- Tesco, the UK's biggest supermarket, has made changes in its supply chain in order to keep food fresh and reduce food waste. The supermarket has found that it is possible to ship produce directly from suppliers to its stores, allowing to cut its transit time and keep the produce fresh for two extra days.
- Europe's Waste and Resources Reduction Action Program (WRAP) has found that one extra day of product life can prevent 250,000 metric tons of food waste. "Preventing this volume of waste means UK shoppers have a potential shared saving of up to £500 million ($568 million) a year," Dr. Richard Swannell, director of sustainable food systems at WRAP, told The Guardian.
- In addition to supply changes, Tesco has announced a partnership with Fareshare and FoodCloud to ensure that any surplus of food in the markets will be donated to the hungry. Tesco has also changed beef and lamb packaging to increase its shelf life.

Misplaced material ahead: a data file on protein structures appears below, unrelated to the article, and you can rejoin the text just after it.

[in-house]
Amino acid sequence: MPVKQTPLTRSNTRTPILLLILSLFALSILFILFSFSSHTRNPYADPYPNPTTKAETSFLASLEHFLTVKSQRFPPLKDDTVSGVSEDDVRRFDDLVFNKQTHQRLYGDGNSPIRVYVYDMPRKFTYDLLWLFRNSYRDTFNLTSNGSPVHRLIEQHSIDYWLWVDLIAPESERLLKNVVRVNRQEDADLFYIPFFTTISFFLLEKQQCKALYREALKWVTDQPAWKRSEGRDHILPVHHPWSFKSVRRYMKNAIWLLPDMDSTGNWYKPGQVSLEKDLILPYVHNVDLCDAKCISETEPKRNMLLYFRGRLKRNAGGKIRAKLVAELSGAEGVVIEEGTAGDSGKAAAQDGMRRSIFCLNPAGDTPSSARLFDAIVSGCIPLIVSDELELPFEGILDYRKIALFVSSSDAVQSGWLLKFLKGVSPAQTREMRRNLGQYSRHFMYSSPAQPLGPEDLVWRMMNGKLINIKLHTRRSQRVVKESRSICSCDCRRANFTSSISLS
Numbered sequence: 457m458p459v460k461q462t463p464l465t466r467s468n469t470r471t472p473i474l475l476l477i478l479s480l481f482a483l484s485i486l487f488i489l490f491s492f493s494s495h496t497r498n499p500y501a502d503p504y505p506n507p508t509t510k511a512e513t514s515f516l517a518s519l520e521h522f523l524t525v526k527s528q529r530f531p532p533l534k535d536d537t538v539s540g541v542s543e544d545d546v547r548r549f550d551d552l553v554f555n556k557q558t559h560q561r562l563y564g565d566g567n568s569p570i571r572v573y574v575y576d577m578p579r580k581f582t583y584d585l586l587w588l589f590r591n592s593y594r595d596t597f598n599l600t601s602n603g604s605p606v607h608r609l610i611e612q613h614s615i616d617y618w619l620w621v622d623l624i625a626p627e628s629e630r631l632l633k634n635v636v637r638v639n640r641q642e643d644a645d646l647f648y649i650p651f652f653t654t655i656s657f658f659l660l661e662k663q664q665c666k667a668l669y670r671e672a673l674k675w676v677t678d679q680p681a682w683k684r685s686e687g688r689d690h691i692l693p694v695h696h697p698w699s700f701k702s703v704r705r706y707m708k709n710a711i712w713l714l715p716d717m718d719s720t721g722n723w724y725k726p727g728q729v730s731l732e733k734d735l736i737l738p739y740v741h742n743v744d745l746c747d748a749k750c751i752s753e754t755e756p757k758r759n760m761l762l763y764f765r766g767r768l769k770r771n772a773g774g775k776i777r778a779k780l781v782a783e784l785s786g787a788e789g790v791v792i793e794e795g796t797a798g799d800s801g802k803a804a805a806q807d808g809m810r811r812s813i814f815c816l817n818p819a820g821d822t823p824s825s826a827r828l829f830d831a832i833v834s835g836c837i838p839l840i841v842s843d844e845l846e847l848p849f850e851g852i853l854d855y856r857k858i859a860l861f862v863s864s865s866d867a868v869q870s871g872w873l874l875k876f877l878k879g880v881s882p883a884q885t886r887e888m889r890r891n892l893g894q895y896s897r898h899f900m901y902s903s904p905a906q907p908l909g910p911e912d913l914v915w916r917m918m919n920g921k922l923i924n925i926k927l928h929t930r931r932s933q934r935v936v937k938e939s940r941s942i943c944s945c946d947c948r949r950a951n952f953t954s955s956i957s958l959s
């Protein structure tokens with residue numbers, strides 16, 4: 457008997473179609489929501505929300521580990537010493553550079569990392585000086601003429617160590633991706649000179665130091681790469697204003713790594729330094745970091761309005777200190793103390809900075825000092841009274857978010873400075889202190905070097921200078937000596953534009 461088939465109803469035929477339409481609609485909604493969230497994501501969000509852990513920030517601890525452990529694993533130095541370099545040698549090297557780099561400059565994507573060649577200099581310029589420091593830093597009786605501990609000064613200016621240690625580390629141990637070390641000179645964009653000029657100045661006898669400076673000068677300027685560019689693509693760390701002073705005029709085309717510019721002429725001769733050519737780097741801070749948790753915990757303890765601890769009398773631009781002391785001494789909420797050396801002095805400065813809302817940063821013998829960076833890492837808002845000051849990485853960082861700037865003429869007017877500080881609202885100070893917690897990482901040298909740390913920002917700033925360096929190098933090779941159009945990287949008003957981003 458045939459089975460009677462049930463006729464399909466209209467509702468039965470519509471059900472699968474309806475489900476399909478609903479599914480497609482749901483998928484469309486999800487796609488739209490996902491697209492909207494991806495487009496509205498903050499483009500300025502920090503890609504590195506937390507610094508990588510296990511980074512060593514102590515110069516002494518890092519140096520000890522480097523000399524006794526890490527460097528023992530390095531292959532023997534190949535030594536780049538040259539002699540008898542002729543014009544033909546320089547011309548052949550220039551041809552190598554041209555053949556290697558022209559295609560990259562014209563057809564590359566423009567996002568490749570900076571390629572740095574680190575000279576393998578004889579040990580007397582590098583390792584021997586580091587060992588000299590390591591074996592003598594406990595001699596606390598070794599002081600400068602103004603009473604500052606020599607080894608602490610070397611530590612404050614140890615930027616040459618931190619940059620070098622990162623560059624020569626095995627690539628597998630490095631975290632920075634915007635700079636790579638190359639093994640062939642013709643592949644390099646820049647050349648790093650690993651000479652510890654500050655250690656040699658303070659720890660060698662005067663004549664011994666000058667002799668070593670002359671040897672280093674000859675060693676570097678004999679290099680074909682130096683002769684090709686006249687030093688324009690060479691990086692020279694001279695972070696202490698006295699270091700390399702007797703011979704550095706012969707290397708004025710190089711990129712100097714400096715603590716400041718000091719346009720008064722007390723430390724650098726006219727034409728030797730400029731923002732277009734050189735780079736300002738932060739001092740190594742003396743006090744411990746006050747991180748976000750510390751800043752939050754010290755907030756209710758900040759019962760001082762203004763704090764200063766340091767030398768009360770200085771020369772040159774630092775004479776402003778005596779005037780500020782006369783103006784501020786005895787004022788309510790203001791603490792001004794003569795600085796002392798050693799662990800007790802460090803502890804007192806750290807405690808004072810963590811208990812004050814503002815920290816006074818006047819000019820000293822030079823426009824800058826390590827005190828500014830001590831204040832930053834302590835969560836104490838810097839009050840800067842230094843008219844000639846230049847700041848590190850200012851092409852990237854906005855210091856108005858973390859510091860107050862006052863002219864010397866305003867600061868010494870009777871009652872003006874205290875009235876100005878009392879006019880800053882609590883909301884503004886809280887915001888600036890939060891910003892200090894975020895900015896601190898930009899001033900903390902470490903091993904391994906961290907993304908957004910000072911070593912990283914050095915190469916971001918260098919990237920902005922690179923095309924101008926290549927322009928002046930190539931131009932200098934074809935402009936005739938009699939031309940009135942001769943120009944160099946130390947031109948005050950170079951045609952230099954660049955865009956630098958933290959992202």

Food waste is an enormous and growing issue, not just in Europe but all over the globe. In its most recent report, the U.S. Agriculture Department estimated that 133 billion pounds of food — or one-third of the nation's food supply — were lost at the retail and consumer levels in 2010. Energy, water, and chemicals that were used to grow the food are also wasted, and the waste produces dangerous methane in the landfill.
U.S. supermarket giants, such as Whole Foods, should look to mimic efforts made by Tesco in order to slash food waste at the consumer level. In order to encourage this, a Change.org petition was started last month calling on Wal-Mart and Whole Foods to sell "ugly produce." The petition creators hope for the supermarkets campaigns to sell imperfect produce at a discount.
Additionally, the USDA and EPA announced the first-ever national food waste reduction goal in September, calling for a 50% reduction by 2030.
"Let's feed people, not landfills. By reducing wasted food in landfills, we cut harmful methane emissions that fuel climate change, conserve our natural resources, and protect our planet for future generations," said EPA Administrator Gina McCarthy in a press release during the time of the goal announcement.